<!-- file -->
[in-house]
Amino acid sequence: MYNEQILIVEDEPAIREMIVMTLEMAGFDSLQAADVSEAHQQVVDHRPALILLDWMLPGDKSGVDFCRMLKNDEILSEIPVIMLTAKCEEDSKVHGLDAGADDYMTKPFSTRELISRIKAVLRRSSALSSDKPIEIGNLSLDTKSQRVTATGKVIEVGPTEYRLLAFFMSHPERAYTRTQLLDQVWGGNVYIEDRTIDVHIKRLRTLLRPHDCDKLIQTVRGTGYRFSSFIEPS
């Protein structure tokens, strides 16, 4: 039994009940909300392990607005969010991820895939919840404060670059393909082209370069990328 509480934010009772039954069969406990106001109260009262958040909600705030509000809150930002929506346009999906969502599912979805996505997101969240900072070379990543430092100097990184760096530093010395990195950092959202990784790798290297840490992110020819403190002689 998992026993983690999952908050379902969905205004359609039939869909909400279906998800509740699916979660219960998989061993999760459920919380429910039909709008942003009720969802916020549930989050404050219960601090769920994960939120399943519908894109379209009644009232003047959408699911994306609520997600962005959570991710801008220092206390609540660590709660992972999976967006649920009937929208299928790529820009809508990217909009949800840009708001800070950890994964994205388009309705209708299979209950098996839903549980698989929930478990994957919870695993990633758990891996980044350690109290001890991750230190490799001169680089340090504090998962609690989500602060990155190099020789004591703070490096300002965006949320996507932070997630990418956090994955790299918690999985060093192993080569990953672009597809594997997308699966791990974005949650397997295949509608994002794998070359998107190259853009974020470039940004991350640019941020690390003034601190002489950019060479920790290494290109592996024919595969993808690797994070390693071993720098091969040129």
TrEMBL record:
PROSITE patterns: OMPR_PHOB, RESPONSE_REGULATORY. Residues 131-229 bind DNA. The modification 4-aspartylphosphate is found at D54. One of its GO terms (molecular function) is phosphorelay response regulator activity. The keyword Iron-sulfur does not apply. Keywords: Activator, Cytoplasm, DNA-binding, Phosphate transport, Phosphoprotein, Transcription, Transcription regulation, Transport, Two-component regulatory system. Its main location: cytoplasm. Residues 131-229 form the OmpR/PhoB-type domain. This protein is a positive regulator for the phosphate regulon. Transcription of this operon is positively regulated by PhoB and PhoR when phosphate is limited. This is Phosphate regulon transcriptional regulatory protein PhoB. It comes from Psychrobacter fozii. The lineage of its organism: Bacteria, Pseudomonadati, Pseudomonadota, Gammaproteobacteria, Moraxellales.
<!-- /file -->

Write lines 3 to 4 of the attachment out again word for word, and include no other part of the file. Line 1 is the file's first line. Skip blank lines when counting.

């Protein structure tokens, strides 16, 4: 039994009940909300392990607005969010991820895939919840404060670059393909082209370069990328 509480934010009772039954069969406990106001109260009262958040909600705030509000809150930002929506346009999906969502599912979805996505997101969240900072070379990543430092100097990184760096530093010395990195950092959202990784790798290297840490992110020819403190002689 998992026993983690999952908050379902969905205004359609039939869909909400279906998800509740699916979660219960998989061993999760459920919380429910039909709008942003009720969802916020549930989050404050219960601090769920994960939120399943519908894109379209009644009232003047959408699911994306609520997600962005959570991710801008220092206390609540660590709660992972999976967006649920009937929208299928790529820009809508990217909009949800840009708001800070950890994964994205388009309705209708299979209950098996839903549980698989929930478990994957919870695993990633758990891996980044350690109290001890991750230190490799001169680089340090504090998962609690989500602060990155190099020789004591703070490096300002965006949320996507932070997630990418956090994955790299918690999985060093192993080569990953672009597809594997997308699966791990974005949650397997295949509608994002794998070359998107190259853009974020470039940004991350640019941020690390003034601190002489950019060479920790290494290109592996024919595969993808690797994070390693071993720098091969040129």
TrEMBL record: